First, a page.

We also expect backward compatibility to largely be a smooth experience on PS5 – you just download it or put the disc in and play – but the question still hangs over Sony, and it’s high time that they definitively state which games have been successfully tested on PlayStation 5 and declared as compatible.
Not only that, but let’s confirm some games that can be tangibly enhanced on PS5. Sony said, “We’re expecting backward compatible titles will run at a boosted frequency on PS5 so that they can benefit from higher or more stable frame rates and potentially higher resolutions.” Compared with Auto HDR on Xbox Series X|S, is this the limit of Sony’s backward compatibility efforts? Will developers be able to tweak their games with “three lines of code” as on Xbox?
What’s going on with cross-gen saves?
Spider-Man: Miles Morales will have cross-gen saves in some capacity, but as of today Spider-Man Remastered, Dirt 5, Maneater and Yakuza Like a Dragon have all been confirmed not to let you take your progress from PS4 to PS5. So, what’s the dish with that?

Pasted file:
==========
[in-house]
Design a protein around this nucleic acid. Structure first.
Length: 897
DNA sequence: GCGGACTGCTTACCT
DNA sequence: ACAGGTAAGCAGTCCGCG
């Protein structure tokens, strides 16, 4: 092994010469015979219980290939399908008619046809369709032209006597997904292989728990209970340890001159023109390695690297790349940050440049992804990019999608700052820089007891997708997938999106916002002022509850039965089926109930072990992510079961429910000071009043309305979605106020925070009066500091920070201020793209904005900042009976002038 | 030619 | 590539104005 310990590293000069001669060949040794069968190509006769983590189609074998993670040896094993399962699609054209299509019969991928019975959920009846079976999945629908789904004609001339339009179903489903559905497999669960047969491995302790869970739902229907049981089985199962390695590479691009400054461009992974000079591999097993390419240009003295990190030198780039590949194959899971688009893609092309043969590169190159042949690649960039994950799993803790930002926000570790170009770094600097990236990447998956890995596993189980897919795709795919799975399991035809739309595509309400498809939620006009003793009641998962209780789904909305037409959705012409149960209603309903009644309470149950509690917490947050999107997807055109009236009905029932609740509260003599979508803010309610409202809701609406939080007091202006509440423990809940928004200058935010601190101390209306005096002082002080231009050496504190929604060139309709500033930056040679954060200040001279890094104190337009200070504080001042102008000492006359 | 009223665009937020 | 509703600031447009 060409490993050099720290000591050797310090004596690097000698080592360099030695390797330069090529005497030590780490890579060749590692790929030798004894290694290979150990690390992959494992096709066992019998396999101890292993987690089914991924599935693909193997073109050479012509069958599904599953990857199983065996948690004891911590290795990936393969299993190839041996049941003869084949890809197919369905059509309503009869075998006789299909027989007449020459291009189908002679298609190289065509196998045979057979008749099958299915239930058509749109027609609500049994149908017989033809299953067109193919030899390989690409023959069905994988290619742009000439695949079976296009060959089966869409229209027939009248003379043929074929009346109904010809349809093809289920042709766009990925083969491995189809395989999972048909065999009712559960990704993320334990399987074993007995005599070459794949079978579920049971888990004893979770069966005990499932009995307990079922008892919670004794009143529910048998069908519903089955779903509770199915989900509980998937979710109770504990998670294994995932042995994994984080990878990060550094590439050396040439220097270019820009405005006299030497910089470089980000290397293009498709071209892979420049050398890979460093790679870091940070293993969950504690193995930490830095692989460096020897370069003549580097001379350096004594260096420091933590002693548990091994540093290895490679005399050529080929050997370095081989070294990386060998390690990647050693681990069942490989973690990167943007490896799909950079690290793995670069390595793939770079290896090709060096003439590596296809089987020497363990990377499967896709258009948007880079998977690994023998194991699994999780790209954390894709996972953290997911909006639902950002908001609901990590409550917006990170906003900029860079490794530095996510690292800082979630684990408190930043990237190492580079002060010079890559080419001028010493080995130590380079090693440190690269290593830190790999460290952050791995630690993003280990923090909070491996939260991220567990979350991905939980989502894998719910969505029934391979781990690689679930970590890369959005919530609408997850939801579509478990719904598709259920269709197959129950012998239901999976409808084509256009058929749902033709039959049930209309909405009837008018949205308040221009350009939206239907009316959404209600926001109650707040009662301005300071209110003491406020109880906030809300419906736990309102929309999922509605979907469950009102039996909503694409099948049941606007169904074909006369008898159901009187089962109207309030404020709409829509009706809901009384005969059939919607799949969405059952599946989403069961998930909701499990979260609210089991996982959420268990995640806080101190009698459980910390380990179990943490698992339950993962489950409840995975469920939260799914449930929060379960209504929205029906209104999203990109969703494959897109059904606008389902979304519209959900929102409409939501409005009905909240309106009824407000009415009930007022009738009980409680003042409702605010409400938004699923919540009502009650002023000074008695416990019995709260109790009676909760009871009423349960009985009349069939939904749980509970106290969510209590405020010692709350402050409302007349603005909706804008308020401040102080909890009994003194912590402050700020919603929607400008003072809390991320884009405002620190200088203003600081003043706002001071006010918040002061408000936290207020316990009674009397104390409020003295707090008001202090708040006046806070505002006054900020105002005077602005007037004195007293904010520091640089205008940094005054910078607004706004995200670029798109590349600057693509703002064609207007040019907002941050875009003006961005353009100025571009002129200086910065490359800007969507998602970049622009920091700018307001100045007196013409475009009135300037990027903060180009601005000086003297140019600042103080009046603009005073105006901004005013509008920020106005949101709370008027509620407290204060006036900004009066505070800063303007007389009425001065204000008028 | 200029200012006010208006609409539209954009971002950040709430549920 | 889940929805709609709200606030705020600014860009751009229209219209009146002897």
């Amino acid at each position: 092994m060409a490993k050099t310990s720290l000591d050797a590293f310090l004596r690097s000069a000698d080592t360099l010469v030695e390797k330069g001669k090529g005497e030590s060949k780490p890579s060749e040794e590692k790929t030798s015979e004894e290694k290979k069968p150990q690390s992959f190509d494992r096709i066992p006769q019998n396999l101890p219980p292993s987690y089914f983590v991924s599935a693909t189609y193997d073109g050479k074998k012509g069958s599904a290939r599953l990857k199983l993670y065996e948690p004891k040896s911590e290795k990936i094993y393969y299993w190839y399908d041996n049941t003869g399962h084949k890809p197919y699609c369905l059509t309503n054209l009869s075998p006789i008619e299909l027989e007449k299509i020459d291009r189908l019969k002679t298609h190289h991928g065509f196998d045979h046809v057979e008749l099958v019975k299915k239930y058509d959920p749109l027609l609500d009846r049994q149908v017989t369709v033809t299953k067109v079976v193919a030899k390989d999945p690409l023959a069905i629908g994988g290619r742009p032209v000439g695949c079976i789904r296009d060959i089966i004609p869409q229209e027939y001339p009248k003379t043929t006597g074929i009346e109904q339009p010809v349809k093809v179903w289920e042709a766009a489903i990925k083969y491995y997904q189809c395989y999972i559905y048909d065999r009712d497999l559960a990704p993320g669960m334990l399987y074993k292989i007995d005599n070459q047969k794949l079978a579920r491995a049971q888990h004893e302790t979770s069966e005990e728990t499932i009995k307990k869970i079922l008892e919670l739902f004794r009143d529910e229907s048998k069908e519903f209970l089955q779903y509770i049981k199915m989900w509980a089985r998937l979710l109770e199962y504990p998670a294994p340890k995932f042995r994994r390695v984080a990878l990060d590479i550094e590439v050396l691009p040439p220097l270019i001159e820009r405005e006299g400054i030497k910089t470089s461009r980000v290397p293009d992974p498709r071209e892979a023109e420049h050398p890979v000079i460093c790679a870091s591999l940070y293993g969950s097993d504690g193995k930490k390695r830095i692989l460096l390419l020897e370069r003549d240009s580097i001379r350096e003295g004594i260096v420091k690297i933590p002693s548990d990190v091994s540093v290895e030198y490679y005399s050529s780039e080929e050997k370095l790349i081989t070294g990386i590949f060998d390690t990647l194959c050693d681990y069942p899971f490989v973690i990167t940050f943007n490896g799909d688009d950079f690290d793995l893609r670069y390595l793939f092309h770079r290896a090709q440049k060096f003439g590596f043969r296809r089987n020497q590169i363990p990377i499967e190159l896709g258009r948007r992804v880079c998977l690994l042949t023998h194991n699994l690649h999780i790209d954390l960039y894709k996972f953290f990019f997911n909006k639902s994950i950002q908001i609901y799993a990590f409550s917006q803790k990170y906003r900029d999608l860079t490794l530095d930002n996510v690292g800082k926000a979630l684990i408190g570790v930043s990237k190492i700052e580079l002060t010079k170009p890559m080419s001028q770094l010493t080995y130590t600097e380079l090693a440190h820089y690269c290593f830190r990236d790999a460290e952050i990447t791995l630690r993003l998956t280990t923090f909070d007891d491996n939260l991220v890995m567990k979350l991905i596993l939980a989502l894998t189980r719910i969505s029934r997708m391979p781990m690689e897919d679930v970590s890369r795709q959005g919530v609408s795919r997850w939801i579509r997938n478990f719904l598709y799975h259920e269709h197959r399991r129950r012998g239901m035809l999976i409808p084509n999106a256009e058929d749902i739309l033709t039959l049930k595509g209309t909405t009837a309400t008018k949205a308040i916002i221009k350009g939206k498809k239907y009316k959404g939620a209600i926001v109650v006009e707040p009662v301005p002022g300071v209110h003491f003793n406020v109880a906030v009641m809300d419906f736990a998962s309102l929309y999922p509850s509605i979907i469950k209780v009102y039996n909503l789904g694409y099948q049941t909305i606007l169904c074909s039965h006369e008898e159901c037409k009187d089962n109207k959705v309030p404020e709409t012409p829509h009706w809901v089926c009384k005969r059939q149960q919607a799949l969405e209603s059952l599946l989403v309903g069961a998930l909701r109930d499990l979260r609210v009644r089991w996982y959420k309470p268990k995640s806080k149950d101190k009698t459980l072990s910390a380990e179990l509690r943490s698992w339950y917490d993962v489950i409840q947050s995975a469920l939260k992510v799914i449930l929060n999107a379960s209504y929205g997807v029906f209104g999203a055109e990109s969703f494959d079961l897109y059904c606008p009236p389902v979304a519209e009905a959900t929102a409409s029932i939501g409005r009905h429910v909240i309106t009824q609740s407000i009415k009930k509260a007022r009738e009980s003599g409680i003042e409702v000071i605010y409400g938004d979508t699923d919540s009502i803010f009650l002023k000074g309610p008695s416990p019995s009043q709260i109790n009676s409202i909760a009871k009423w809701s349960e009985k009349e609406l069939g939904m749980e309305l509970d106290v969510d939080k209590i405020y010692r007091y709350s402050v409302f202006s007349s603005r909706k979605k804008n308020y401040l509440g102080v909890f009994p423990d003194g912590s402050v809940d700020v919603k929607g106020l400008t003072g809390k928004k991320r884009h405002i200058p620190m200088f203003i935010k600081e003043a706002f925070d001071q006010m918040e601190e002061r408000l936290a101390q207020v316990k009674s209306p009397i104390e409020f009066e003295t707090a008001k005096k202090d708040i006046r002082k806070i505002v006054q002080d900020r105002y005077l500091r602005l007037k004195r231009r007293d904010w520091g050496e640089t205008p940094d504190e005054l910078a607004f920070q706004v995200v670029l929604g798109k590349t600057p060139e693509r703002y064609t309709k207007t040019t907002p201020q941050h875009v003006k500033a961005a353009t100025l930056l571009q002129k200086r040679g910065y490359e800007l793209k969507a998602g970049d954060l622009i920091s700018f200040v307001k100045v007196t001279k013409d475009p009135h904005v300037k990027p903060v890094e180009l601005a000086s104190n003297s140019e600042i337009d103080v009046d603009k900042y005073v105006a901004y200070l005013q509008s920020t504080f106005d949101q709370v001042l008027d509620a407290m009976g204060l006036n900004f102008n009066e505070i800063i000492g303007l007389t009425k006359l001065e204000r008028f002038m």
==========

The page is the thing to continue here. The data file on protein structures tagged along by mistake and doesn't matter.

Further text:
We know that Smart Delivery games on Xbox will have cross-gen save files automatically handled by the Xbox Live cloud, and we also know that online games like Destiny 2, Marvel’s Avengers and Call of Duty: Black Ops Cold War can store player progression and unlocks through their servers. So what’s the issue for single player games?
We’ve reached out to a bunch of developer and publishers to find out what’s happening with their games, because players considering cross-gen releases and games with free upgrades to PS5 really deserve to know if they’ll have to start from scratch on next-gen.
That’s our list of 15 questions, and I’m sure many will be answered in due course, but what burning questions do you have about the PS5?